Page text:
I love Death in June.  So much that for a second, a quick second mind you, I contemplated going to their show the same night my partner had open heart surgery.  I didn’t go, mainly because I felt it in bad taste to see a band in late May that mentions dying in June in their name.  It was a bad enough omen that I sold two Death CDs the day of the show/surgery.  That being said, I have to agree with the Noisey reviewer’s point of view.  Seeing DIJ now isn’t like seeing them in the 90s.  When the mask actually meant something and they felt subversive.



I’m usually not the one to write concert reviews.  I’ve read enough and, to be honest, I find them boring. The band was awesome, they played these songs, yadda, yadda, yadda.

Last night’s show was different, however.  I met up with a new friend, Urb ( @UrbThrasher ) at the Tonic Lounge.  It’s a venue that just started having “real” shows, not local bands playing to their friends.  Upon arrival I was greeted with this, which isn’t a good sign – literally!


Even though Exmortus were the openers, a good club would still spell a band’s name correctly.  I mean, there’s a contract somewhere that has band names on it, correct?

When we finally make our way inside the band room I was a little surprised.  A short stage, maybe two feet tall with road cases as a barrier and an oddly shaped room.  I’ve never been to a show where a guitarist is just walking around with his guitar, warming up for his set.  He just wandered through the crowd like this is normal.  Cool.

Exmortus finally took the stage and slayed!  Dual guitar thrash attack with a drummer getting everything he could out of his tiny kit.  Lots of head banging on stage and in the small, but responsive crowd.  Highlights were a cover of Flight of the Bumblebee, yes, the classical song, and a cover of Ozzy’s Bark at the Moon!  Metal thrashing mad indeed!


I was excited to see Krisiun as they are total road dogs playing multiple times in Portland every year.  Unfortunately, they did nothing for me.  An unnecessary seven string guitar that totally lacked riffs.  The drummer was talented, but blast beats should be used as accents and driving a song, not pummeling the audience into oblivion.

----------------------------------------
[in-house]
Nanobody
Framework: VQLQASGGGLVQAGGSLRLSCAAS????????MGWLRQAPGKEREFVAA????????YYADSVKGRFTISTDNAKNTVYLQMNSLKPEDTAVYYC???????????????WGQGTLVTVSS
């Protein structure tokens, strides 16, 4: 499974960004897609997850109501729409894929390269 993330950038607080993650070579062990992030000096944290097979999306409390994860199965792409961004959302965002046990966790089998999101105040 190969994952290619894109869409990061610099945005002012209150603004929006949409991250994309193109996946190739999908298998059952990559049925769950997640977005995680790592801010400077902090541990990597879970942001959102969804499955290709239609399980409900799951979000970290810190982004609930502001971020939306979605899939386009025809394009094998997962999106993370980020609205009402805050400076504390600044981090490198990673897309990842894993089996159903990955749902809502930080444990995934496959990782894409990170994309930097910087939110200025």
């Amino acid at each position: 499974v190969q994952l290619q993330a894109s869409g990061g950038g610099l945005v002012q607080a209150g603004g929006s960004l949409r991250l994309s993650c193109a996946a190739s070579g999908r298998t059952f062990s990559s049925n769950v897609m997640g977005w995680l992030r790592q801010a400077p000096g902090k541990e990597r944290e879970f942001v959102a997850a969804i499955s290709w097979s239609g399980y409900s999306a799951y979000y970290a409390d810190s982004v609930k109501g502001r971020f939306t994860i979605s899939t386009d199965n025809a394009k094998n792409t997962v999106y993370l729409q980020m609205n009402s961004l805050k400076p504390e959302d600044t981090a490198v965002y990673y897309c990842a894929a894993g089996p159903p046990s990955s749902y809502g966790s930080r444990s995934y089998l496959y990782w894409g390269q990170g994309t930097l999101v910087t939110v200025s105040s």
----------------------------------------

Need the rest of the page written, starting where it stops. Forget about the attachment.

Then came the Teutonic thrash masters Destruction!  The audience started to get excited when Schmier peeked through the back door.  The frenzy eventually erupted in to a mosh pit before the band even hit the stage!  They shredded through an hour long set, with only a small break due to a partial collapse of the drum riser!?!  Not sure what the stage crew did to fix it, but the respite was only temporary.  I withdrew to the back of the crowd due to some over-aggressive 300 pound pit members who more concerned with showing dominance than being able to realize there are 110 pound women they were crushing.  Destruction’s mission was complete: they came, they played, they destroyed.


Outside of the amazing performances last night, was probably the coolest merch item I’ve ever purchased:


A drum head signed by all of the members of Destruction and Krisiun. Thrash till death….. Bestial Invasion indeed!

–Brain Trust–

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In preparation for Portland’s stop on the Decibel tour, here is The Black Dahlia Murder’s Majesty Documentary.  It’s a great flick.  My favorite moment is the kid who tells the cameraman that making a documentary about the band is “sick,” only to have his dad show up seconds later and drag him to the car to go home.  Priceless!


Sunday is the 2014 edition of the Decibel tour at The Roseland in Portland, Oregon.  Noisem, Gorguts, The Black Dahlia Murder and grind legends Carcass.